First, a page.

Student Research

Unsupervised Feature-Based Visualization Tool Applied on Medical Data


In a time when data is experiencing a remarkable growth in different fields, extracting and understanding the correlations between different data features is becoming increasingly important in many application areas, ranging over business, demographics, politics, and medicine, among others. The proper exploitation of such data offers great challenges in terms of data analysis and visualization, in order to allow effective and efficient decision-making. The problem is further aggravated on the Web where the data is often loosely structured and multi-featured. In this context, interactive data visualization has been recently suggested as a promising solution to facilitate data analysis and help in unveiling patterns, trends, and anomalies in the data.

In this research, we present a new unsupervised feature-based tool for data visualization titled “mirrored dendrograms”. Our tool accepts as input semi-structured and multi-featured data, and allows the user to select the target features to be visualized and mapped against each other, as well as their relative impacts (weights) on the visualization process. It then invokes a hierarchical clustering process to cluster the data following the user-chosen features, and produces a dendrogram structure for each combination of target features. The dendrograms are then mirrored against each other by mapping the internal nodes of one dendrogram against the other dendrogram’s nodes, in order to highlight their structure correlation.

Different from existing solutions like parallel coordinates and heatmap dendrograms, our work offers three main contributions: (i) connecting the dendrograms through their internal nodes (instead of connecting their leaf nodes like with heatmap dendrograms and tangelgrams) providing a visual representation of the relationships between the data structures, (ii) allowing to zoom-in and out the data to show their relationships at different granularity levels (compared with existing static solutions which do not allow varying granularities), and (iii) identifying the best zooming level between two dendrograms highlighting the maximum correlation (similarity) with the minimal amount of details (granularity) presented to the user (based on the intuition that users wish to acquire the most value out of the data, while viewing the least amount of data, i.e., with the least amount of effort).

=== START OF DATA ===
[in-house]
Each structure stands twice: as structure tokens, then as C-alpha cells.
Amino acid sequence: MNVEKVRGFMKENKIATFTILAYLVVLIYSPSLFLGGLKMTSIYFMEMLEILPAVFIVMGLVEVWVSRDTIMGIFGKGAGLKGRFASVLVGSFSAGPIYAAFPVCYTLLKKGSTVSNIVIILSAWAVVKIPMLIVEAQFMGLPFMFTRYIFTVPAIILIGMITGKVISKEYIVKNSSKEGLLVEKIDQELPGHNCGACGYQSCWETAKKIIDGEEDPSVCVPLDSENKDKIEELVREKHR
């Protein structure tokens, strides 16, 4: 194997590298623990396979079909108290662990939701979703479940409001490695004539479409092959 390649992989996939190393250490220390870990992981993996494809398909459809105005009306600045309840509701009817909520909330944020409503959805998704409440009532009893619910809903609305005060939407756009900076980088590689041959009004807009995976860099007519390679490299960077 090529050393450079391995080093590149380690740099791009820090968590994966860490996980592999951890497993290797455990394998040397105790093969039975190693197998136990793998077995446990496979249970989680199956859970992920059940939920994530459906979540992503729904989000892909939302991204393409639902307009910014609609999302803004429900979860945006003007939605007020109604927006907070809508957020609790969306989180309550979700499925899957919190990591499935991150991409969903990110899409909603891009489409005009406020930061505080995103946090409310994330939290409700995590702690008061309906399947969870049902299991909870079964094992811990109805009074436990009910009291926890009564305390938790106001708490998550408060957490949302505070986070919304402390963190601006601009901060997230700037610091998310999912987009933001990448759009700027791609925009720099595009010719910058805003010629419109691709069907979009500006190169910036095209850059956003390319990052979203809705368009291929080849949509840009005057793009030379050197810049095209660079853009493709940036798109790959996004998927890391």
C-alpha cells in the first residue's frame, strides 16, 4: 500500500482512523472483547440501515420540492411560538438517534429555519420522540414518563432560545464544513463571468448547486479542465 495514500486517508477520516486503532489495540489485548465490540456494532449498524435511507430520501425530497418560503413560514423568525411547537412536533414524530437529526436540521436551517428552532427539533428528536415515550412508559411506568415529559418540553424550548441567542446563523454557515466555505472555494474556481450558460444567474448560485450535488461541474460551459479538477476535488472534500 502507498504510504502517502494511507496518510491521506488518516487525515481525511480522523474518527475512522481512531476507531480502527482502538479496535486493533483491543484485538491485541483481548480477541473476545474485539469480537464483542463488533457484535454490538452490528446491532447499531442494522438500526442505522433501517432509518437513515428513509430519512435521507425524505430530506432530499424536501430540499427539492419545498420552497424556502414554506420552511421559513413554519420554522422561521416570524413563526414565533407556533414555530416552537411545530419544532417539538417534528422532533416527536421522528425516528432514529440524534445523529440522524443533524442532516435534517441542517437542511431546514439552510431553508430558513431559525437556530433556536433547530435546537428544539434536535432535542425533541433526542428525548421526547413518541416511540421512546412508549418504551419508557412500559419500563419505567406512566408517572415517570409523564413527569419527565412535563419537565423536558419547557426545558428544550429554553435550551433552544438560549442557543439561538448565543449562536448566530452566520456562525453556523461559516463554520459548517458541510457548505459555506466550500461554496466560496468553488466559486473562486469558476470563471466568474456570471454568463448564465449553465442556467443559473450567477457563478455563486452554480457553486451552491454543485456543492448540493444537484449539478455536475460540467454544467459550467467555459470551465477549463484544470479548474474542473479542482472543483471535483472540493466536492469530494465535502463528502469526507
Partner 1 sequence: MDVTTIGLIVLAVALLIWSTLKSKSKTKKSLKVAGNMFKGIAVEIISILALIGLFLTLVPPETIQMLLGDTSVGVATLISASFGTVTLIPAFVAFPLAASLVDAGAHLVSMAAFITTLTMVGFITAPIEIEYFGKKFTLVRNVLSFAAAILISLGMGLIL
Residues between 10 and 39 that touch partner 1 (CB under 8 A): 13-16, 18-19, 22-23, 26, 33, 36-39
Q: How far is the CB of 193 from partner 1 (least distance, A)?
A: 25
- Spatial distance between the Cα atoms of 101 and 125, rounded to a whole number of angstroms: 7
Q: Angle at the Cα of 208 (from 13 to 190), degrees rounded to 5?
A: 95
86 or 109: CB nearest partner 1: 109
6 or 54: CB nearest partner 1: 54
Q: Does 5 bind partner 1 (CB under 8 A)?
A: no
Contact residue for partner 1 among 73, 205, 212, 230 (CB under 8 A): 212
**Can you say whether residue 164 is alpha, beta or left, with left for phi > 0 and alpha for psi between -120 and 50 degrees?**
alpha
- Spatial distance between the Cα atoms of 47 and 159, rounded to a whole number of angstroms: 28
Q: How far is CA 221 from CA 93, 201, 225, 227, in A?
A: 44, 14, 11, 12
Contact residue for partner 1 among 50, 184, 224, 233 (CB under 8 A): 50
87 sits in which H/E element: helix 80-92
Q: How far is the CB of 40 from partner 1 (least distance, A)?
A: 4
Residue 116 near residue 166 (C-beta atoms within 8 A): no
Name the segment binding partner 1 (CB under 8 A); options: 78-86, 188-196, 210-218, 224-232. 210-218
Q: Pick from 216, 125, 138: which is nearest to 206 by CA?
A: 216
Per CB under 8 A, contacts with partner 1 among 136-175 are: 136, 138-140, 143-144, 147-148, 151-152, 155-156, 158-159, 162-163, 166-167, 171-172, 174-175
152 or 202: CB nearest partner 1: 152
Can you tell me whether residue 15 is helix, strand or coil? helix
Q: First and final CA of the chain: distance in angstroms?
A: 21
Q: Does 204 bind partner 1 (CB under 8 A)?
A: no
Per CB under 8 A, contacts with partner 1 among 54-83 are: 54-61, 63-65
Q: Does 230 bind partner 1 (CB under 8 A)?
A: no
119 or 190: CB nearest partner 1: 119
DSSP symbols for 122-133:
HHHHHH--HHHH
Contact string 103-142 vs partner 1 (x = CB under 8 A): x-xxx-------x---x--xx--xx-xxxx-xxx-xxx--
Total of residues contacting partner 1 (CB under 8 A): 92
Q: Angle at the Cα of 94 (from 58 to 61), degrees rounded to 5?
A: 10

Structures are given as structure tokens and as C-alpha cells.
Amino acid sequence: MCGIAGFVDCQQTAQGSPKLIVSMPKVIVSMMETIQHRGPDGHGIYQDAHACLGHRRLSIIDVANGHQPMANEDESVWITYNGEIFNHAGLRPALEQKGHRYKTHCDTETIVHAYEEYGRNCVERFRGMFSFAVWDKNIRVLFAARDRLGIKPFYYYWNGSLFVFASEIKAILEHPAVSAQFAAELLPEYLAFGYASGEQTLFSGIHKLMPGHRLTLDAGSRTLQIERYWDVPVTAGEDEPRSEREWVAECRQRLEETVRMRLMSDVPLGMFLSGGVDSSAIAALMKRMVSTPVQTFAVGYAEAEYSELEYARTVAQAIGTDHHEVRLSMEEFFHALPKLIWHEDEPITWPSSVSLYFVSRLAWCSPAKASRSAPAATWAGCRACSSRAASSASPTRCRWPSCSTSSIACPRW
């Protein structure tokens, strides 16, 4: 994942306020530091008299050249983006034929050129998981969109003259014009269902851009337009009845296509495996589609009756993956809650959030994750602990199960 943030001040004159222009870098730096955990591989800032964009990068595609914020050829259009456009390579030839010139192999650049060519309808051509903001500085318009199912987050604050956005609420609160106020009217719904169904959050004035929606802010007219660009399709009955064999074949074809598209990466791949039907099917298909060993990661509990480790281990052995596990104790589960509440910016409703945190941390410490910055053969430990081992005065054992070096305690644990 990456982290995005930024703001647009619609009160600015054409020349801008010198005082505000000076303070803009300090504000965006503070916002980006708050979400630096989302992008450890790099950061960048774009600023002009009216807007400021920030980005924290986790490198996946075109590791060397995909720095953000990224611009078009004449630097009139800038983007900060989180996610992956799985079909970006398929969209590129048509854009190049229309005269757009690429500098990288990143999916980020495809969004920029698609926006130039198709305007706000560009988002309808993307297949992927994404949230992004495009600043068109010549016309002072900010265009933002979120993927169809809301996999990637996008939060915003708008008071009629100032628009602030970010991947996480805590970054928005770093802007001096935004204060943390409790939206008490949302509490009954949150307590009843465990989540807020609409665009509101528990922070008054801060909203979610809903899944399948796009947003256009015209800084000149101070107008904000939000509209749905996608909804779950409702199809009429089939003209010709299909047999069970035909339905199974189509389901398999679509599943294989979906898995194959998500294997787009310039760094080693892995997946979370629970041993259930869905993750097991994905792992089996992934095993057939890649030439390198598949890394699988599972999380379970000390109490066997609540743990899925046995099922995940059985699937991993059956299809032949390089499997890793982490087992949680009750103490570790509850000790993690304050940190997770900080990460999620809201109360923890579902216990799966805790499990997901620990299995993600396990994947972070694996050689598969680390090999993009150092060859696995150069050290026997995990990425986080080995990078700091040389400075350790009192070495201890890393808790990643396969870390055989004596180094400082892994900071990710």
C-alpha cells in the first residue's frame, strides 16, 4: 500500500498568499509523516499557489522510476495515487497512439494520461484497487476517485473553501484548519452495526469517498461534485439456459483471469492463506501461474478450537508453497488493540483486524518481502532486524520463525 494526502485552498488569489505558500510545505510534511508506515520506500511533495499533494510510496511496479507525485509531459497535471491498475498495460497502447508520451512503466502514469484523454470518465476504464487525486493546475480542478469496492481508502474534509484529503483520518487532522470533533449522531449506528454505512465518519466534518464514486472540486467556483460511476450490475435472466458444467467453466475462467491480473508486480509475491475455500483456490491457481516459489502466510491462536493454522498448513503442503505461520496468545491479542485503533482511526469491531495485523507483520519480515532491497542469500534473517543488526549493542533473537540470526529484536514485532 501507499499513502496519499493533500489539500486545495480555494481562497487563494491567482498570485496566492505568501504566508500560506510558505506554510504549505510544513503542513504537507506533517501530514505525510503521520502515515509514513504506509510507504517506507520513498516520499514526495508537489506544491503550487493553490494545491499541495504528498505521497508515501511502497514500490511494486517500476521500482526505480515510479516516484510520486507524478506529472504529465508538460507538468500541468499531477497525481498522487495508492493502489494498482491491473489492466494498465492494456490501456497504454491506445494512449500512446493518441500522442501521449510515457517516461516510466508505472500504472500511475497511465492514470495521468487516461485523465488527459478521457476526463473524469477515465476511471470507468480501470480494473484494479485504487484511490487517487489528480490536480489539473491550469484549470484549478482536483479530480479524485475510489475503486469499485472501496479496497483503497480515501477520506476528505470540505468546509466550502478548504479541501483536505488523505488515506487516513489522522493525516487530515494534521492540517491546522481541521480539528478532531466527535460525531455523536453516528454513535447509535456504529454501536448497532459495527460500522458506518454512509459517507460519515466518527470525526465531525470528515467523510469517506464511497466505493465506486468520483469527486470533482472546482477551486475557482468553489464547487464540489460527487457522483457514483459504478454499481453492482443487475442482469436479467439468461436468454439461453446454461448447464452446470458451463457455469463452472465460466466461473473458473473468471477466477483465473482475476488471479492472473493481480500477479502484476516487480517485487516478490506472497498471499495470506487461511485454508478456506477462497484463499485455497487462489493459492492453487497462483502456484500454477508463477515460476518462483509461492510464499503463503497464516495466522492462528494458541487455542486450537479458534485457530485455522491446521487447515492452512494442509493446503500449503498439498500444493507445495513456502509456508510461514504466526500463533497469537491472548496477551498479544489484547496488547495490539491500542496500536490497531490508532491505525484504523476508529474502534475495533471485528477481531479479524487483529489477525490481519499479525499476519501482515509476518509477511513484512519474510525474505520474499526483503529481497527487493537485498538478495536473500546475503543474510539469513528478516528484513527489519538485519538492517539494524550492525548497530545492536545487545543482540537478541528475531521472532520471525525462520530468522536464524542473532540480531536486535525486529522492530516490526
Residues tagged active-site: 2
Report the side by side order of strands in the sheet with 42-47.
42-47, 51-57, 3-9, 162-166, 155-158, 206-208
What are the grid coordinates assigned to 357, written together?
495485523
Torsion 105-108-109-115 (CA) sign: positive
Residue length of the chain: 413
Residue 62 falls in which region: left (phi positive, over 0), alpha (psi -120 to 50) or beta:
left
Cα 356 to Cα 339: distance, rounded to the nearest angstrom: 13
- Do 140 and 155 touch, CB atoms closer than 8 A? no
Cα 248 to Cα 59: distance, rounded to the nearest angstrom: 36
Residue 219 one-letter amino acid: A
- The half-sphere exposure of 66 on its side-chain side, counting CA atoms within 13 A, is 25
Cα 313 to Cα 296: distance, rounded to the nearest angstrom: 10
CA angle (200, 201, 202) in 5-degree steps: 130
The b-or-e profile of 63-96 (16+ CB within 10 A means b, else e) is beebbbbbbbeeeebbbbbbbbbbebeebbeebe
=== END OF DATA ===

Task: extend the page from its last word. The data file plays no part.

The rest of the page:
We have conducted a preliminary evaluation of our solution, using a sample dataset of 197 Electronic Health Records (EHRs) obtained from a private medical clinic, where all EHRs were vetted by a medical doctor from LAU Rizk hospital. The study was focused on the migraine headache disorder, where multiple patient data samples were mapped and visualized against each other. A number of 19 testers volunteered to participate in an online survey to help review and evaluate the data visualizations produced by our new tool, compared with existing solutions. Initial results are promising and highlight the potential our tool.


The thesis work resulted in the following publication:

Project Details